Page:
How to use Comments to Prompt GitHub Copilot for Visual Studio

Gwyneth Peña-Siguenza

Laurent Bugnion

Image Comments as Prompts in GitHub Copilot for Visual Studio

A step-by-step guide to use comments as prompts in GitHub Copilot for Visual Studio

Introduction to GitHub Copilot for Visual Studio

GitHub Copilot is a programming assistant that uses AI (Artificial Intelligence) to help you increase efficiency in your daily programming tasks. It is compatible with various IDEs (Integrated Development Environments), text editors, and more. In this series, we will focus on demonstrating how GitHub Copilot can help you become more productive in Visual Studio.

One way to get code suggestions from GitHub Copilot is by leveraging code comments. However, we know sometimes even coming up with a comment can be a little cumbersome. 

What is great about GitHub Copilot for Visual Studio is that it is not only capable of suggesting code but can also provide completions for your comments.

In the second short video in this series, my colleague Bruno Capuano will highlight how to use comments to prompt GitHub Copilot to produce code directly within the current file.

Make sure to have GitHub Copilot installed, refer to the documentation to learn how to install GitHub Copilot for Visual Studio

How to use a Comment to Prompt GitHub Copilot

Let us start by writing a comment. In the example, Bruno is typing a comment that looks like this:

// function to get the year of birth

As we can see in this example, GitHub Copilot quickly springs into action, proposing to complete the comment as follows:

 // function to get the year of birth *from the age*

This feature can be particularly useful, for example, when you are writing documentation.

(Note: in this example I added *stars* around the suggested code. In the Visual Studio IDE, the suggestion would appear greyed out).

To accept the comment completion suggestion and incorporate it into your code, simply press the Tab key. Following that, pressing Enter prompts Copilot to offer a code suggestion based off the comment. The suggested code will appear inline and greyed out. You can also accept this suggestion by pressing the Tab key.

Additional examples can be found here in Using GitHub Copilot for code completions and suggestions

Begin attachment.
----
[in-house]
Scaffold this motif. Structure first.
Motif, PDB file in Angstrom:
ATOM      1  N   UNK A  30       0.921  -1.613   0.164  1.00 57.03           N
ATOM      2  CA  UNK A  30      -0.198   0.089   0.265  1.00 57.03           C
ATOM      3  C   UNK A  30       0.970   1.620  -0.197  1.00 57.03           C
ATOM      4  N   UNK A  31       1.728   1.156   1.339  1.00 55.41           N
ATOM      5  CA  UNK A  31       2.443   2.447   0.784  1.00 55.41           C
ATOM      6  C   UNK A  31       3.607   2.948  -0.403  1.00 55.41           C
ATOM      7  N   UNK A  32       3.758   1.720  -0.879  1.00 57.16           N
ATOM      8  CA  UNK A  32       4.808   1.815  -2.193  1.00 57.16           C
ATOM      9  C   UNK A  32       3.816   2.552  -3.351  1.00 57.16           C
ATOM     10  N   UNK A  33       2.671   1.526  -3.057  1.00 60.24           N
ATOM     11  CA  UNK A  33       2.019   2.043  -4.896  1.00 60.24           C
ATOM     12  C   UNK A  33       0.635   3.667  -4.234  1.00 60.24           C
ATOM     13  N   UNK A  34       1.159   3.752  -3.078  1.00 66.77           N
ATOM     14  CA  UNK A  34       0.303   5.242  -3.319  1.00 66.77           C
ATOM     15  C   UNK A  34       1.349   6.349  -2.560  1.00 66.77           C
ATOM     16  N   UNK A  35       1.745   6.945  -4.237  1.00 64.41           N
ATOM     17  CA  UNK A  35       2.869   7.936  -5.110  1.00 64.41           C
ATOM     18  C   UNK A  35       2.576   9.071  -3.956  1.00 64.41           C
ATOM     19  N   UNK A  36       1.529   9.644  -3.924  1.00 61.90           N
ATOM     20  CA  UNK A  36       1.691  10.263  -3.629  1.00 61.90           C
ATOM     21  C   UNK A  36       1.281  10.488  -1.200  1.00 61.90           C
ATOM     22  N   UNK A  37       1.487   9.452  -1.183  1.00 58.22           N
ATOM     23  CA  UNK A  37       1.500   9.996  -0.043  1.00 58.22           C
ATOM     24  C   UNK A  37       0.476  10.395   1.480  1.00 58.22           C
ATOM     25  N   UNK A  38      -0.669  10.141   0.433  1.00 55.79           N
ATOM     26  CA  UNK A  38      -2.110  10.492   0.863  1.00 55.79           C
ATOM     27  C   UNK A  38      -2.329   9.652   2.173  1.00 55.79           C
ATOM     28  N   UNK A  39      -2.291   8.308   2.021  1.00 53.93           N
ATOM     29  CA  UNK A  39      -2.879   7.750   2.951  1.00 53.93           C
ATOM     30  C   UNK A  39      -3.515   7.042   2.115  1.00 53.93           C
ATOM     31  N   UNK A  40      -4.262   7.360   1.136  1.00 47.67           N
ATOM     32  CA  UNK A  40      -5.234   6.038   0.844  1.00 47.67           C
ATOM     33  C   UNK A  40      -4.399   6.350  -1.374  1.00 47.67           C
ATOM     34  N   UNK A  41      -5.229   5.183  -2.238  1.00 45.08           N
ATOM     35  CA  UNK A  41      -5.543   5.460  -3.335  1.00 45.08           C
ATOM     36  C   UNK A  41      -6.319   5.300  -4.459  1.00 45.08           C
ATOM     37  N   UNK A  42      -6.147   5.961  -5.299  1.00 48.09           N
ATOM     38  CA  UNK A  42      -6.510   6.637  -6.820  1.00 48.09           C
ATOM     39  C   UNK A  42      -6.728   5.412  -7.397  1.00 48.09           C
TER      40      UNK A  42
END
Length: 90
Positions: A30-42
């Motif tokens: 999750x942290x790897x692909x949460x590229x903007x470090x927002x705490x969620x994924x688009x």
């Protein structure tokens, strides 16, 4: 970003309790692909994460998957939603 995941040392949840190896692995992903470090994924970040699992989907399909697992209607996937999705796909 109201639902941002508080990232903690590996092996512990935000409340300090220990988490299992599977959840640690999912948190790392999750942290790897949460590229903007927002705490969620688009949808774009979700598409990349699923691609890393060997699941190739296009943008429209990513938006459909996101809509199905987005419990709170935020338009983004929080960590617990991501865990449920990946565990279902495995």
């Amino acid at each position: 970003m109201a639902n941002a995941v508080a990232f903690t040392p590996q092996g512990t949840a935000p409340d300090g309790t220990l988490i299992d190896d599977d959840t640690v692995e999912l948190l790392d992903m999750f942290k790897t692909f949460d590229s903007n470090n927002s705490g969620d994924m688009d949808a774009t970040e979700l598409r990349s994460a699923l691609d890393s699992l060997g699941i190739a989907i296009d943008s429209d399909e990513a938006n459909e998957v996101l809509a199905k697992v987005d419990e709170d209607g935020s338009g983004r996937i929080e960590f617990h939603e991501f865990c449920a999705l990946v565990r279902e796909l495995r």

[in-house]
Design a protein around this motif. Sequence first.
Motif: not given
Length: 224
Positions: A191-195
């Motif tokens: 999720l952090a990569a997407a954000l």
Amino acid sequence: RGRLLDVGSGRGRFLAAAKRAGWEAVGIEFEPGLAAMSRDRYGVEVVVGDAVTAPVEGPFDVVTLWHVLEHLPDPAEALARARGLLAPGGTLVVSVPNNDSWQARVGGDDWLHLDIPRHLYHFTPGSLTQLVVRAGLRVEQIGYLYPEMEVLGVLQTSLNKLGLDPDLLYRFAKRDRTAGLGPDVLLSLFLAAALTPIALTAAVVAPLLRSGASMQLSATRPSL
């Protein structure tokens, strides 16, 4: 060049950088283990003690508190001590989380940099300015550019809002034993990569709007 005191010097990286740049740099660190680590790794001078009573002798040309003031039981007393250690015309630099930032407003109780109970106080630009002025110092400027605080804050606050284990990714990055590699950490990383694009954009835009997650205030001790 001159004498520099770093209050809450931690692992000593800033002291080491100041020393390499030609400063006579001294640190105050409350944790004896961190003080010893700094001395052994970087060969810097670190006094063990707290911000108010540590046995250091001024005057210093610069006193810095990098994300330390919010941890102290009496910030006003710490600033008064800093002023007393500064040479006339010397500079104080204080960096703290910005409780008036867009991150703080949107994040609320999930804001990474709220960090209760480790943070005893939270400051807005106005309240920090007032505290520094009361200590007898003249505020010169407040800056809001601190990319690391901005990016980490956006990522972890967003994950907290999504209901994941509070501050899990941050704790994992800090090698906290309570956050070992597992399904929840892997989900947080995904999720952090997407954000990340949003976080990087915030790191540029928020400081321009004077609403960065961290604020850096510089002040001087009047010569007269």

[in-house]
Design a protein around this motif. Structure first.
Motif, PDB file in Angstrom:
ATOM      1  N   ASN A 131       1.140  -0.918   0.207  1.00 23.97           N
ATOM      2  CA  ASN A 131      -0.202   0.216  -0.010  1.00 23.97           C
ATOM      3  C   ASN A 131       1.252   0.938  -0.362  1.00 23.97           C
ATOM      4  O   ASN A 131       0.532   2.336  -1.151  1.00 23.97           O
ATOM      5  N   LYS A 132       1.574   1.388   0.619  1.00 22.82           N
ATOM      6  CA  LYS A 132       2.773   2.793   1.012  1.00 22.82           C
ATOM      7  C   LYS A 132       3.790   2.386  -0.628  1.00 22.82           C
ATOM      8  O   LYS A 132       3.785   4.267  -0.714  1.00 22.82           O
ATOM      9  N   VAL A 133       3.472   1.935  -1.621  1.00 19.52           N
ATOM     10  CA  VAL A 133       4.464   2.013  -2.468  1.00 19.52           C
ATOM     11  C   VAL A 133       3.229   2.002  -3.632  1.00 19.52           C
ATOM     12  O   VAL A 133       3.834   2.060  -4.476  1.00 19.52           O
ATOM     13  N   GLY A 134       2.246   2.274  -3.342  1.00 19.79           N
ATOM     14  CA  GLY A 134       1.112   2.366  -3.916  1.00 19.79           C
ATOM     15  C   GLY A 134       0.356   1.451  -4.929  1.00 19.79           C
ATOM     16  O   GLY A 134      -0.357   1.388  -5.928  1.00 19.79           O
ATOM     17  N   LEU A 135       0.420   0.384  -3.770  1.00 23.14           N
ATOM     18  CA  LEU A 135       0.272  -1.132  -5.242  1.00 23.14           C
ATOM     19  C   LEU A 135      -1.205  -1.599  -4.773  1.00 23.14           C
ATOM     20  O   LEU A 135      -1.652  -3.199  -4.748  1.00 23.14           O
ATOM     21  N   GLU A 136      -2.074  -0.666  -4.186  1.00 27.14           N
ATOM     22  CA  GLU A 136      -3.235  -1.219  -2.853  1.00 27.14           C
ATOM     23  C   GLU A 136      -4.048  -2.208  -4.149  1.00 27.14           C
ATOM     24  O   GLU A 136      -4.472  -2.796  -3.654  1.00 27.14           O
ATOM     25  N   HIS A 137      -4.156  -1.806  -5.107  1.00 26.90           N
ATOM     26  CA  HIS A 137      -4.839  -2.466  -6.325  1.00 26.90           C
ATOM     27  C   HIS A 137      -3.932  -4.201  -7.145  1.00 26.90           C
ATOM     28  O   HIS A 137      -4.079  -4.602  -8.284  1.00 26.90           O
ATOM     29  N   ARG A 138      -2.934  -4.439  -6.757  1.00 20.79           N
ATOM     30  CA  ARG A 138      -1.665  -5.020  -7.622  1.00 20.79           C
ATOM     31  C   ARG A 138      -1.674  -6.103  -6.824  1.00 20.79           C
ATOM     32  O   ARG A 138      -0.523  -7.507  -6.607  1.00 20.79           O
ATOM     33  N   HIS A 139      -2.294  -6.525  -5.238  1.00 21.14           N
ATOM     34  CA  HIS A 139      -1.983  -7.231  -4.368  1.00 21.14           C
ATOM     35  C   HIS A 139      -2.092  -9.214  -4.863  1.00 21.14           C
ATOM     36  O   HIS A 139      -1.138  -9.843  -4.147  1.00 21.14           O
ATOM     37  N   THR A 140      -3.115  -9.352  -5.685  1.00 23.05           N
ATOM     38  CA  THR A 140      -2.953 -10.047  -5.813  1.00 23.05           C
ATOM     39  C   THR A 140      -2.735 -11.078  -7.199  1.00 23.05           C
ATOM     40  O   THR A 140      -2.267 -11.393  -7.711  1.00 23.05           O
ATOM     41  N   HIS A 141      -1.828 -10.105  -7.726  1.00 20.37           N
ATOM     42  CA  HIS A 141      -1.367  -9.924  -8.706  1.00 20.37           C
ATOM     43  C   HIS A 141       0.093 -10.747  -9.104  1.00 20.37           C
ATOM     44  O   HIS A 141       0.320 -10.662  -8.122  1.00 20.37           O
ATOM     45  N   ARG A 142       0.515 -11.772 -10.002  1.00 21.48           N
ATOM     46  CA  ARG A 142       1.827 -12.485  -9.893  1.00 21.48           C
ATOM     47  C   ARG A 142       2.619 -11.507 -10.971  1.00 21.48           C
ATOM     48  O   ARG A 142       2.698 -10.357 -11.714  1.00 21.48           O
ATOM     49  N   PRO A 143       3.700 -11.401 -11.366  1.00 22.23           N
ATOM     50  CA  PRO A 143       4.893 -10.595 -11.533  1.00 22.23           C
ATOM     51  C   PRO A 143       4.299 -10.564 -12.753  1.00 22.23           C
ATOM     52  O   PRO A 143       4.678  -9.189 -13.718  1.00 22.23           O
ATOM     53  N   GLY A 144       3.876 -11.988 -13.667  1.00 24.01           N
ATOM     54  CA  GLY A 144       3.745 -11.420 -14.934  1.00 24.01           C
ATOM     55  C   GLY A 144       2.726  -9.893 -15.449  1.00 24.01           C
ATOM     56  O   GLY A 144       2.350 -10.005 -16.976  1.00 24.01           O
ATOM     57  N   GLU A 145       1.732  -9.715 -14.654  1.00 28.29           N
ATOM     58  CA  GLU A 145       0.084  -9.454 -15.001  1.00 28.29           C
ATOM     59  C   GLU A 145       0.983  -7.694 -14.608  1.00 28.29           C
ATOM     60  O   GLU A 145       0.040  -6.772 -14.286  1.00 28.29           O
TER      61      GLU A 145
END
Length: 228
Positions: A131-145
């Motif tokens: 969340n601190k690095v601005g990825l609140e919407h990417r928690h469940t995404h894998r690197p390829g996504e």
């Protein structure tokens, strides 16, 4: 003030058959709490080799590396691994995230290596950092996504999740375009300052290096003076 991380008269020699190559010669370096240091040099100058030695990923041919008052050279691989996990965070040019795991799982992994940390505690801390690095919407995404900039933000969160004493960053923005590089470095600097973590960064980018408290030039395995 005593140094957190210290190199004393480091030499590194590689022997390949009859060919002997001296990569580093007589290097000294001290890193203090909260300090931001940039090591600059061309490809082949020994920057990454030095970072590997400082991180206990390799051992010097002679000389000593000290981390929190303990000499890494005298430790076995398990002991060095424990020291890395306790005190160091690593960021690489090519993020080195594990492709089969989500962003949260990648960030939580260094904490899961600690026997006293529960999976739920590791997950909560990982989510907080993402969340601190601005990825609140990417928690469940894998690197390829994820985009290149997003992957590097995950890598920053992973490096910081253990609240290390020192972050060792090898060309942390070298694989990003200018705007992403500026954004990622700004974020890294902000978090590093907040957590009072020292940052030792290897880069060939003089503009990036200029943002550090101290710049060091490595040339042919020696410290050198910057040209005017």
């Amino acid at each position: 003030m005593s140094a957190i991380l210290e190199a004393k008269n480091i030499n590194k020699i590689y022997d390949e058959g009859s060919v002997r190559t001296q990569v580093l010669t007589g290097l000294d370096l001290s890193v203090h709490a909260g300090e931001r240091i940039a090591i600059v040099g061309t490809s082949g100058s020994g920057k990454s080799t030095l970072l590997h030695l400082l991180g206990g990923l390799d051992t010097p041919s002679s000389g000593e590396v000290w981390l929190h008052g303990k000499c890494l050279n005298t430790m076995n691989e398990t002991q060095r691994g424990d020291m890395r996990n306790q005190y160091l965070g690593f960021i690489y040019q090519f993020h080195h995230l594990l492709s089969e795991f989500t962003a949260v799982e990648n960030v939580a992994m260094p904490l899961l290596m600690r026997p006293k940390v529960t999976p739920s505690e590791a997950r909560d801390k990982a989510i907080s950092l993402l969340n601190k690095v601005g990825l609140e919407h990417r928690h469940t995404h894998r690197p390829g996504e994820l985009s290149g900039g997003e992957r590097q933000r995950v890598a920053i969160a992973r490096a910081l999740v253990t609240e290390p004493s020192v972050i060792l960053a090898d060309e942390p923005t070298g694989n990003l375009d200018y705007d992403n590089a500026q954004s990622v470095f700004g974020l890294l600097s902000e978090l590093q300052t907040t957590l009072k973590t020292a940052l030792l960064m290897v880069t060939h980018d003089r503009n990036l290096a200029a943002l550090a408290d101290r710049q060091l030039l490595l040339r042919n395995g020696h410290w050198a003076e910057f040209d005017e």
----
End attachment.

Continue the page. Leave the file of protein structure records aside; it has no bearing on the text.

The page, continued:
Validating the output of GitHub Copilot

The key principle to remember when working with AI assistants is that you should always verify the output. You have the chance to review the Copilot output either before accepting, when the code appears greyed out inline or after you have accepted the suggestion with the Tab key. I frequently accept the suggestion first and then revisit the generated code. If I need to make any changes, I will do so before moving on.

GitHub Copilot is not a compiler!

This means that the code produced by GitHub Copilot can indeed fail to compile and/or be incorrect. It is your responsibility to review, resolve, and improve the suggested code, as necessary.

Disabling GitHub Copilot completions

You might not always want Copilot to suggest completions in your code files. Deactivating it is straightforward, whether for all code files, or even just for specific files such as markdown or C#. Simply click on the small Copilot icon on the Visual Studio taskbar and then select the appropriate option.

Image Picture1

Image Picture2


Now that you have successfully used a comment to GitHub Copilot in Visual Studio, you can continue to leverage this practice in all your projects. This is just one of the ways that GitHub Copilot can help you write code faster and be more productive. To learn more about GitHub Copilot and how to use it, check our collection with resources here or via our full-length video.

Additional Resources

Feedback usabilla icon